More than 80 boys from across the country are being removed from the Glen Mills Schools in response to an Inquirer investigation into decades of abuse and cover-ups at the Delaware County campus.

The county’s district attorney is conducting a probe into possible lawbreaking at Glen Mills, the oldest existing reform school in the United States.

And the state Department of Human Services, which oversees Glen Mills and other homes for court-ordered boys, is investigating the school to determine whether it should keep its license.

“DHS will work to do whatever it must to stop this culture of silence, intimidation, and mistreatment of children,” said Ali Fogarty, a spokesperson for the agency.

The recent Inquirer investigation uncovered decades of abuse by counselors at Glen Mills, where boys said they are threatened to keep quiet about the violence they endure.

Since the story was published, online last week and in print on Sunday, juvenile courts in Michigan, Texas, California, and Pennsylvania have begun the process of pulling their boys from Glen Mills.

The school stands to lose more than one-third of its students. Although a privately run nonprofit, Glen Mills receives taxpayer money, including a tuition of $52,000 per year for each boy from Philadelphia.

Philadelphia acted first, initiating new hearings for its 51 boys who were at Glen Mills.

Los Angeles County intends to remove all 14 of its boys from the school, a spokesperson for the juvenile probation department said Wednesday.

Probation officials are already on campus with the youths, and are coordinating with juvenile judges “to do this in a deliberate and thoughtful manner to avoid unnecessary detention and interruption of their treatment program,” said Adam Wolfson, the spokesperson.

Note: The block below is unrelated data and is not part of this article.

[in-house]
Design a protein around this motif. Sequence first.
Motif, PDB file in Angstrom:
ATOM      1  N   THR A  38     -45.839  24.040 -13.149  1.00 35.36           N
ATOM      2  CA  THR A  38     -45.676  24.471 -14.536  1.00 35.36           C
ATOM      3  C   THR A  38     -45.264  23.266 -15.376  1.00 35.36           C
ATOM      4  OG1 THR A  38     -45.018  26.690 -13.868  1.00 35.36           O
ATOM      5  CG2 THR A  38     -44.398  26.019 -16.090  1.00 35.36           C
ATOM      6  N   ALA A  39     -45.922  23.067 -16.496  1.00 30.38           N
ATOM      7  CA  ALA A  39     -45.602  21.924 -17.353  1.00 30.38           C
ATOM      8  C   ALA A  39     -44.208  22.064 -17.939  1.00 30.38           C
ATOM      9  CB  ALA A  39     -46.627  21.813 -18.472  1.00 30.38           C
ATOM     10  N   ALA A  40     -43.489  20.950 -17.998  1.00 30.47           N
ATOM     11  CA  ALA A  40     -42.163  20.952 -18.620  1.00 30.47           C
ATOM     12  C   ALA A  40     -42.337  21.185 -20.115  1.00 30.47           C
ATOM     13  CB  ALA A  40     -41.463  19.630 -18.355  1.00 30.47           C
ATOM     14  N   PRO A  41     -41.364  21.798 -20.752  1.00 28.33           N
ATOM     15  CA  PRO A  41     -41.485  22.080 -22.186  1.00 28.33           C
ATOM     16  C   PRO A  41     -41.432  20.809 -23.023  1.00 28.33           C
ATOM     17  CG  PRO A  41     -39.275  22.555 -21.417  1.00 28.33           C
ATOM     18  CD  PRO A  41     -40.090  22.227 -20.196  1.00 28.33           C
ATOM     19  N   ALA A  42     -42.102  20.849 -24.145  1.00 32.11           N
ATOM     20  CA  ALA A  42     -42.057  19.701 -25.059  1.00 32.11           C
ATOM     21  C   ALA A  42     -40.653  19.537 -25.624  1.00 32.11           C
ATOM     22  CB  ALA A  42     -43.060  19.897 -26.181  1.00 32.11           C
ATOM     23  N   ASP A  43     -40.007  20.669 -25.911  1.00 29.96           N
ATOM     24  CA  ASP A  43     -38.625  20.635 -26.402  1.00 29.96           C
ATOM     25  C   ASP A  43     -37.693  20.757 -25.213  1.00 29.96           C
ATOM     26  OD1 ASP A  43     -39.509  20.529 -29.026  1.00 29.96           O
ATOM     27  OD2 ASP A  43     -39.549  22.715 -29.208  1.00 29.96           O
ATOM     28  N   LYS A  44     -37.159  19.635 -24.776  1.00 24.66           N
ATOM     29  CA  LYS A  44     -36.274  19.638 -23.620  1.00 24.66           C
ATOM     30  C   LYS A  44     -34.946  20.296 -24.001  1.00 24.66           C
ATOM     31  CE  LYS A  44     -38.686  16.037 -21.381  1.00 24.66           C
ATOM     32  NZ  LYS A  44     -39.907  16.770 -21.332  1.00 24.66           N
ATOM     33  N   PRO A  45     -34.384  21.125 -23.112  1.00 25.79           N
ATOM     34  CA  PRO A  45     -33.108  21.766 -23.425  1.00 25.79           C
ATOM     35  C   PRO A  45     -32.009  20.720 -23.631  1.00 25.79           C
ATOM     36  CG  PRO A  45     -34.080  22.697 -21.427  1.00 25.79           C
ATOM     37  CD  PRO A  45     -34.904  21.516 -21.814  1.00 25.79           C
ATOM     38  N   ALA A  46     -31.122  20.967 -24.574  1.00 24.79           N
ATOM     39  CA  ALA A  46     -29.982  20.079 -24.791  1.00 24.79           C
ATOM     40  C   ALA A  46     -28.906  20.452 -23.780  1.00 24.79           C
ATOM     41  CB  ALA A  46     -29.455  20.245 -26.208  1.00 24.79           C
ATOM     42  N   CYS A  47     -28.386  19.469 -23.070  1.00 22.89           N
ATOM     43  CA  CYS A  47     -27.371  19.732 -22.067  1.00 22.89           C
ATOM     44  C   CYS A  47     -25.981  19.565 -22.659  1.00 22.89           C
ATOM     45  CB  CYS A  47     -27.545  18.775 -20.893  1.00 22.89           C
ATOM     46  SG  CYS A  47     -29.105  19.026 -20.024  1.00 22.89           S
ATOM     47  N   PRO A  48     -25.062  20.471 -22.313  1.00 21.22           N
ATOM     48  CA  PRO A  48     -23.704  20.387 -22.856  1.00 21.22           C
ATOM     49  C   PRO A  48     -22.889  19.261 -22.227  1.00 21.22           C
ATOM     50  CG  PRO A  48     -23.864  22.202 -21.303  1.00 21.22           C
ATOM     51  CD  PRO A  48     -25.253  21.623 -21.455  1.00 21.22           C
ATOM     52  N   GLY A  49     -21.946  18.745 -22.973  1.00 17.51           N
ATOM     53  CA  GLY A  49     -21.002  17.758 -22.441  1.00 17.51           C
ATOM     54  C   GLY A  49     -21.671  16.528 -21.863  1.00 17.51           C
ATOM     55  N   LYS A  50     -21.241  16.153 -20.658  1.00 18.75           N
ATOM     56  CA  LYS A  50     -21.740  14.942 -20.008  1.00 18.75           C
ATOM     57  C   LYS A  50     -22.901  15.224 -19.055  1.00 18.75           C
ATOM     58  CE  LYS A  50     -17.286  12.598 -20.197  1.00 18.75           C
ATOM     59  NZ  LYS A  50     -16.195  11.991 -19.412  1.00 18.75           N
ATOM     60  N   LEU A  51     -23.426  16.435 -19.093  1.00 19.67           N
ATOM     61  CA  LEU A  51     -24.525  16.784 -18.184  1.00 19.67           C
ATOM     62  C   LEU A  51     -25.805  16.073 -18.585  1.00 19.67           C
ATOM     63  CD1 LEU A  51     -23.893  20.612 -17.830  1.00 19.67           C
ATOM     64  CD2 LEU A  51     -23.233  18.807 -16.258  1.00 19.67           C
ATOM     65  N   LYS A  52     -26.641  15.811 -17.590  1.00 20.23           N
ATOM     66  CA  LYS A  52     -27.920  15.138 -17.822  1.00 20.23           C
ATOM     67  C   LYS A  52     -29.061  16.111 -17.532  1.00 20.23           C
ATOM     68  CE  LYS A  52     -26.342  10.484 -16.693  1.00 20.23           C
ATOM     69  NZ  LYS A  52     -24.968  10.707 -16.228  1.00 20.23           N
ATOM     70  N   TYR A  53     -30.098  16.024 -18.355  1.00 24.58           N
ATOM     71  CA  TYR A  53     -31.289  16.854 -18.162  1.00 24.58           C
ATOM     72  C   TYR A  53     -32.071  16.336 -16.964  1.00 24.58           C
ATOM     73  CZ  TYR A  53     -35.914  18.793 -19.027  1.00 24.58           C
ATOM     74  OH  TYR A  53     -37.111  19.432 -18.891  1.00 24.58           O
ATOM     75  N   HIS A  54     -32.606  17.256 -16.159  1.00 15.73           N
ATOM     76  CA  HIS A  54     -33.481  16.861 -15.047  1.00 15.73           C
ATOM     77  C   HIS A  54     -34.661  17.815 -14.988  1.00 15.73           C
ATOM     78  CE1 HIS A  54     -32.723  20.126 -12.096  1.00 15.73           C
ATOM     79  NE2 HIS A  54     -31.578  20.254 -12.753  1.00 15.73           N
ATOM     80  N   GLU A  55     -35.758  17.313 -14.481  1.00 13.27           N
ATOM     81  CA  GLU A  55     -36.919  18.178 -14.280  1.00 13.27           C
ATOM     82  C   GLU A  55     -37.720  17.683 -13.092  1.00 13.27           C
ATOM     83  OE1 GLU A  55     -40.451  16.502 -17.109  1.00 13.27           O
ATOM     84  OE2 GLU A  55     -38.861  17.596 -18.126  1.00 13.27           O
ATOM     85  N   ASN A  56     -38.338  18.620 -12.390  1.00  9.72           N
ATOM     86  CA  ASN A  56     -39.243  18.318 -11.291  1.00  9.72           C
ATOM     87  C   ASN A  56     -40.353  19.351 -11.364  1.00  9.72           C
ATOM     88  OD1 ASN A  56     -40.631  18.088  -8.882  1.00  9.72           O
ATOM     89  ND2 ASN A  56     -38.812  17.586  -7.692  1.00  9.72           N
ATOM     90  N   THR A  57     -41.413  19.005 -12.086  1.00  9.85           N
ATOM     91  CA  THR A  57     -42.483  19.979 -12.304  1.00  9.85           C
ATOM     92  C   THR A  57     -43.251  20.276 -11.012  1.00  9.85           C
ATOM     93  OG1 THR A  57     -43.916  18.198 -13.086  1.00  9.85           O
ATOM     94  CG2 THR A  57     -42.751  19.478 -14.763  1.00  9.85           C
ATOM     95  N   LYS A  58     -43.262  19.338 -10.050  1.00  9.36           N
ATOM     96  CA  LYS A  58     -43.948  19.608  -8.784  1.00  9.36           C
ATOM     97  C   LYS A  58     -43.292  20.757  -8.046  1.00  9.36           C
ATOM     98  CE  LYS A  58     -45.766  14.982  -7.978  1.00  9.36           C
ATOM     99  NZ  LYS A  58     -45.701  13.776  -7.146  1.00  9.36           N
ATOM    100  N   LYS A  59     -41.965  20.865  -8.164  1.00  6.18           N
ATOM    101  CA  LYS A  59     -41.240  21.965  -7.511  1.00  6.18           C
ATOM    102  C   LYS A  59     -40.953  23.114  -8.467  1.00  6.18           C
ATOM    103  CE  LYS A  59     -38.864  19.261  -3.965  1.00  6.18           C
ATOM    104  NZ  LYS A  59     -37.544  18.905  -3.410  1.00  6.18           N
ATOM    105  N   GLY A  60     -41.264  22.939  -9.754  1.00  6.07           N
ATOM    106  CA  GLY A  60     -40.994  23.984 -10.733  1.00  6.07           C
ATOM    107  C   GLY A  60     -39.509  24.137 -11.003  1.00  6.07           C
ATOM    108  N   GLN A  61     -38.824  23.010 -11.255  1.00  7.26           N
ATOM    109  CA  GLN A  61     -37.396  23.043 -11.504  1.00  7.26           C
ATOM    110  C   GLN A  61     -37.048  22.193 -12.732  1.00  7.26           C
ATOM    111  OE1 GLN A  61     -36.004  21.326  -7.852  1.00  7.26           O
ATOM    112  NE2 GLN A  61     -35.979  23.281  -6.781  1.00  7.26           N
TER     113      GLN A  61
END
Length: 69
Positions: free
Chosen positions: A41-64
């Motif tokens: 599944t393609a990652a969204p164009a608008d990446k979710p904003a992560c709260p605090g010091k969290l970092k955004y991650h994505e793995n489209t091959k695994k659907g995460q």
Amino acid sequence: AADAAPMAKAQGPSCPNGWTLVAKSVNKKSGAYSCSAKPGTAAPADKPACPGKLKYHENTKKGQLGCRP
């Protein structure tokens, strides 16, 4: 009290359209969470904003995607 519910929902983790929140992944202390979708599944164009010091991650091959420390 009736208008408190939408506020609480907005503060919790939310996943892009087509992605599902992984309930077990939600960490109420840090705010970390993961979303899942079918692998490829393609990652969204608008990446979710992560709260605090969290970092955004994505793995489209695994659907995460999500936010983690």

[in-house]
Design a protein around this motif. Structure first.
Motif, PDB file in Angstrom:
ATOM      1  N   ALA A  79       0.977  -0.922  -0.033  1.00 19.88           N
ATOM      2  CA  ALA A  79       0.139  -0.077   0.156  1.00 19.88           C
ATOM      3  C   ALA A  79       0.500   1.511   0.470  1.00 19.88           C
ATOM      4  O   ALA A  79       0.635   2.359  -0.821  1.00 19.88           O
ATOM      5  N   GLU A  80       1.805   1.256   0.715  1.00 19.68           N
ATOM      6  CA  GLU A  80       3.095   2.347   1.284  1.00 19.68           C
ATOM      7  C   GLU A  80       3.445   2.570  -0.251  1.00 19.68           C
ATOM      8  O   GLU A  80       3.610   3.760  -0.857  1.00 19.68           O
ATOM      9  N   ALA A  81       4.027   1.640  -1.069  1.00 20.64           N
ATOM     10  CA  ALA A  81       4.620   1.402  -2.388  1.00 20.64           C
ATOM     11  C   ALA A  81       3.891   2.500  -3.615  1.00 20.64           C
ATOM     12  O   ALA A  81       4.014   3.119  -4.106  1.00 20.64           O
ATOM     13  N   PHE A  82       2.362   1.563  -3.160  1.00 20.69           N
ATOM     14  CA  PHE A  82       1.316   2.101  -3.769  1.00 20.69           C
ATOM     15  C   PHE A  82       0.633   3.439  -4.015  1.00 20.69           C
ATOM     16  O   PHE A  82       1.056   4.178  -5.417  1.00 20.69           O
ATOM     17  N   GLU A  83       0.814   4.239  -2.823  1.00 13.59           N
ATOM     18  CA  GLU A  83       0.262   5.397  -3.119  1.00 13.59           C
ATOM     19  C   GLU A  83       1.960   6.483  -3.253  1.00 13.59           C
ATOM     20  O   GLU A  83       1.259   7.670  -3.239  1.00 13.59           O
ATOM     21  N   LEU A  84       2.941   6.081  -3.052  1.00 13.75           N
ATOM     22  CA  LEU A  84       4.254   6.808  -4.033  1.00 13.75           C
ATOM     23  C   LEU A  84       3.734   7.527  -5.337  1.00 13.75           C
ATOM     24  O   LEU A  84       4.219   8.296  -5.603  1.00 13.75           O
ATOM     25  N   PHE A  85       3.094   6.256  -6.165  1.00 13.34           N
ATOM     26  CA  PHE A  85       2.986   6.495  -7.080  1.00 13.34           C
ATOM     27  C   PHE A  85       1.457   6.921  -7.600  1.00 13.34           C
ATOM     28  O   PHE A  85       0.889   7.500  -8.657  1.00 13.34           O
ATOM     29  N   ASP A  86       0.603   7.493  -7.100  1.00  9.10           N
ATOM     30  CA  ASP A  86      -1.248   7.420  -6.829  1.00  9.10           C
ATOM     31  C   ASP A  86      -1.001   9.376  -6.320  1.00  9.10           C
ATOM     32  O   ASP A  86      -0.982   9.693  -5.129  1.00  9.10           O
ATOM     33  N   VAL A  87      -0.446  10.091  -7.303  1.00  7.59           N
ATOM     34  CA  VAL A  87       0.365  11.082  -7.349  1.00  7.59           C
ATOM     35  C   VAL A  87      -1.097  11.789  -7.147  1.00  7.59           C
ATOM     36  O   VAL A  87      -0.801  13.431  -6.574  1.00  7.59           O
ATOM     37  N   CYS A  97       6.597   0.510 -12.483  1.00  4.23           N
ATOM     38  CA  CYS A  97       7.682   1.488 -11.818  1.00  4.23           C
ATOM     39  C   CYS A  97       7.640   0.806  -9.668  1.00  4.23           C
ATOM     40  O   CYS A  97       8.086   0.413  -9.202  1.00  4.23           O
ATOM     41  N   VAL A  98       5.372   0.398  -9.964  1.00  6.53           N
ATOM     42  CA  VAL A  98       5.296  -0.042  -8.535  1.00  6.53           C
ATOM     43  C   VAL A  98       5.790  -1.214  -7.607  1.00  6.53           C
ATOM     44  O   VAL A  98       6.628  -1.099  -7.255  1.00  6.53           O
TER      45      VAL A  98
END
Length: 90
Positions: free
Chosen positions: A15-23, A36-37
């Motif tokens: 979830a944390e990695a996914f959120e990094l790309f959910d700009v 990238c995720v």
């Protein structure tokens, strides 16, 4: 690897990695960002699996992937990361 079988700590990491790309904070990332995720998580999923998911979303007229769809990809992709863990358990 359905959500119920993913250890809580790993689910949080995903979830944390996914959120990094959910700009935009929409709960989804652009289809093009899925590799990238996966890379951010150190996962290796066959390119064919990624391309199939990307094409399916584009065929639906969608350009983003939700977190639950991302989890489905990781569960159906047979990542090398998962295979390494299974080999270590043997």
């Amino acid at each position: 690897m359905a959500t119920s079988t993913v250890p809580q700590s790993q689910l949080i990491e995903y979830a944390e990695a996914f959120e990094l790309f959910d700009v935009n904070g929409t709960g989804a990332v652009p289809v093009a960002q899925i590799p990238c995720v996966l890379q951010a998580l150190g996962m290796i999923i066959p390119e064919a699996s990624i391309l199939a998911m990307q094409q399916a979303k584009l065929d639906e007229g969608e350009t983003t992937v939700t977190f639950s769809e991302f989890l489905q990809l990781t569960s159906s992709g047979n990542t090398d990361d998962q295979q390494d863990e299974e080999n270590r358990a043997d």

Kent County, Mich., pulled all seven of its teenagers out of Glen Mills and had them back in the Grand Rapids area by Tuesday.

Founded in 1826 as the Philadelphia House of Refuge, Glen Mills is the oldest school for delinquent boys in the country, set on nearly 800 acres of rolling hills in Delaware County.
DAVID SWANSON / Staff Photographer
Founded in 1826 as the Philadelphia House of Refuge, Glen Mills is the oldest school for delinquent boys in the country, set on nearly 800 acres of rolling hills in Delaware County.

Harris County, Texas, removed its two boys, as first reported by the Houston Chronicle. “As soon as I was made aware of the allegations this morning, I directed our staff to make arrangements to have these two returned here immediately,” Henry Gonzales, the county’s juvenile probation executive director, told the paper.

In Pennsylvania, Erie County officials said Wednesday they are removing their nine youths from Glen Mills. “I have to make sure they’re safe and that their best interests are being met,” said President Judge John Trucilla. Probation officers are headed to Glen Mills to retrieve the youths, he said.

After the story was published, two state lawmakers called on the Pennsylvania auditor general and attorney general, as well as the regional office of the U.S. Department of Justice, to investigate Glen Mills. (The Inquirer previously reported that the Justice Department has an “ongoing law enforcement proceeding” at the school.)

Joe Grace, a spokesperson for Attorney General Josh Shapiro’s office, said they were "deeply disturbed by the allegations of abuse and cover-up.”